MINSK, 19 January (BelTA) – Director of the Institute of Biophysics and Cell Engineering of the National Academy of Sciences Andrei Goncharov spoke about Belarus' COVID-19 research at a round table session at the BelTA press center.
“The development of severe pneumonia in COVID-19 patients is associated with an overreaction of their own immune system. Stem cells can have an impact on this. In addition, they can help repair damaged tissues, including those of the lungs. Therefore, we decided to check if stem cells can help patients with the coronavirus infection. We injected stem cells intravenously into critically sick patients. Such studies are conducted by Minsk Municipal Hospital No. 10 in collaboration with Belarusian State Medical University. The research project was launched in late December; only five people have been treated this way so far,” Andrei Goncharov said.
According to him, all these patients had indications for mechanical ventilation. They were given stem cells once or twice (1 million per 1 kg of body weight). “One woman still needed mechanical ventilation, but she was taken off a ventilator the following day and discharged from hospital after a while. The remaining patients were not connected to mechanical ventilation, as their condition stabilized within 24 hours. These patients are all right. Of course, we cannot yet say that such treatment will work for everyone. In order to achieve a good result, it is very important to administer stem cells in time, while they can still be helpful,” the scientist said.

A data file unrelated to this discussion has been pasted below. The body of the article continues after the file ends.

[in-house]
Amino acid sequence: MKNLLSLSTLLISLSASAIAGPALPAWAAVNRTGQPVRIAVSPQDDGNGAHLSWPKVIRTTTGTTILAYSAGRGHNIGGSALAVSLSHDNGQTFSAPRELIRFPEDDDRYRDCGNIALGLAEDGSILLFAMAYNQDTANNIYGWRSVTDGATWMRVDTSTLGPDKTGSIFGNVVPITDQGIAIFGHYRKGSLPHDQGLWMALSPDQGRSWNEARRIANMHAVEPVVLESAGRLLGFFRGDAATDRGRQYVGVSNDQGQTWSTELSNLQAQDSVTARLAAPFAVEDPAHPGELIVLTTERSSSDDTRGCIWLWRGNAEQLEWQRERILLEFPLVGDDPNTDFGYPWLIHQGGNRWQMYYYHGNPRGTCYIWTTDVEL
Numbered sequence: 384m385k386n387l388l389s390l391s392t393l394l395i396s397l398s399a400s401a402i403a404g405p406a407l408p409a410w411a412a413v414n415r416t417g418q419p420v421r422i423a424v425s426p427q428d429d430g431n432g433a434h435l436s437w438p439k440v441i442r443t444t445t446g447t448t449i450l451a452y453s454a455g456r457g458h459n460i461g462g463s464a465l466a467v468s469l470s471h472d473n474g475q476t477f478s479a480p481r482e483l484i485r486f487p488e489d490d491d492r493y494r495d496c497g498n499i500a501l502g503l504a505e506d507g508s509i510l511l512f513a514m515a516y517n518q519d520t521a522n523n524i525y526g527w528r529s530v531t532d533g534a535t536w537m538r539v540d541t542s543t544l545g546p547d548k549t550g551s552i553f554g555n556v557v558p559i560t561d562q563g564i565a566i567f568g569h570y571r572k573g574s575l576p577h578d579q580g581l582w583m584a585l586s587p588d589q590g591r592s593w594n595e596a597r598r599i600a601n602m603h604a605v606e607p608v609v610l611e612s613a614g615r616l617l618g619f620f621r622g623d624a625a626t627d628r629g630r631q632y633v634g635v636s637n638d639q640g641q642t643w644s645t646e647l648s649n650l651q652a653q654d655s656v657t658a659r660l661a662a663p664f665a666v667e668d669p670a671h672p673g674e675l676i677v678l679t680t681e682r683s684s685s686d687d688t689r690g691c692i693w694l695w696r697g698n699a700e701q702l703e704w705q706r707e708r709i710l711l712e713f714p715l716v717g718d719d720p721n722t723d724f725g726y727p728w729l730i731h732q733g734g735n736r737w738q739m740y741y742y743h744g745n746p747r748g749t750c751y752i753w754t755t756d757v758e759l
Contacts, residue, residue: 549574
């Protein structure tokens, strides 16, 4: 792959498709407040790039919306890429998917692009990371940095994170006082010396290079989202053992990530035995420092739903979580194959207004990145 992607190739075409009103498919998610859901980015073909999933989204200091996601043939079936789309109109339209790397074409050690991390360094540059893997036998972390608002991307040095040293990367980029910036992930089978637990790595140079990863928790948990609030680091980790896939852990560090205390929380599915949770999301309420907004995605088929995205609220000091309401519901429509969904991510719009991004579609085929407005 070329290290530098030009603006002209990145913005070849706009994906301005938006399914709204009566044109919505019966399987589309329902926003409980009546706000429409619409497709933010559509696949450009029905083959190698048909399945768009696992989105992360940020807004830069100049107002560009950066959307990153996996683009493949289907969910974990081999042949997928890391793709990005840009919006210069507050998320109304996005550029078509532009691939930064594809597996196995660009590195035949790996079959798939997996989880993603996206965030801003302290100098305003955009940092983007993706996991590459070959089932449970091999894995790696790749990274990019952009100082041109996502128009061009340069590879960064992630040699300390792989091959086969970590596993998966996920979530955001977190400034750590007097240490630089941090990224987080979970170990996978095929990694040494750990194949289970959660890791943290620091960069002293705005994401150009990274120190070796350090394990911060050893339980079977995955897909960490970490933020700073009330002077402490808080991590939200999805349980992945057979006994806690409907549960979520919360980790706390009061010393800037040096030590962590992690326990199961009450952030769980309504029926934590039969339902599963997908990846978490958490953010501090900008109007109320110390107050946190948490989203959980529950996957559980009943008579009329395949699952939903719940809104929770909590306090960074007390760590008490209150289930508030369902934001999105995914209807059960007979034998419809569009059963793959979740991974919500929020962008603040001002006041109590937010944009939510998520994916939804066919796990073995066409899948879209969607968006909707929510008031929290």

Belarusian researchers are also developing a vaccine against COVID-19. In addition to the Institute of Biophysics and Cell Engineering of the National Academy of Sciences, the National Research Center for Epidemiology and Microbiology, the Institute of Genetics and Cytology, and the Institute of Physiology of the National Academy of Sciences are involved in the work. “Everyone is doing their job. For example, the Institute of Genetics and Cytology will carry out full genome sequencing of the virus, and the Institute of Physiology will conduct research on animals. We are set to complete the work on time,” Andrei Goncharov said.
In addition, Belarusian scientists are studying cellular immunity in patients with COVID-19. “We have already identified several indicators suggesting with a high probability that a patient will develop a severe disease. When a patient is admitted to hospital, an immunogram can be done and certain conclusions can be made,” the director of the institute added.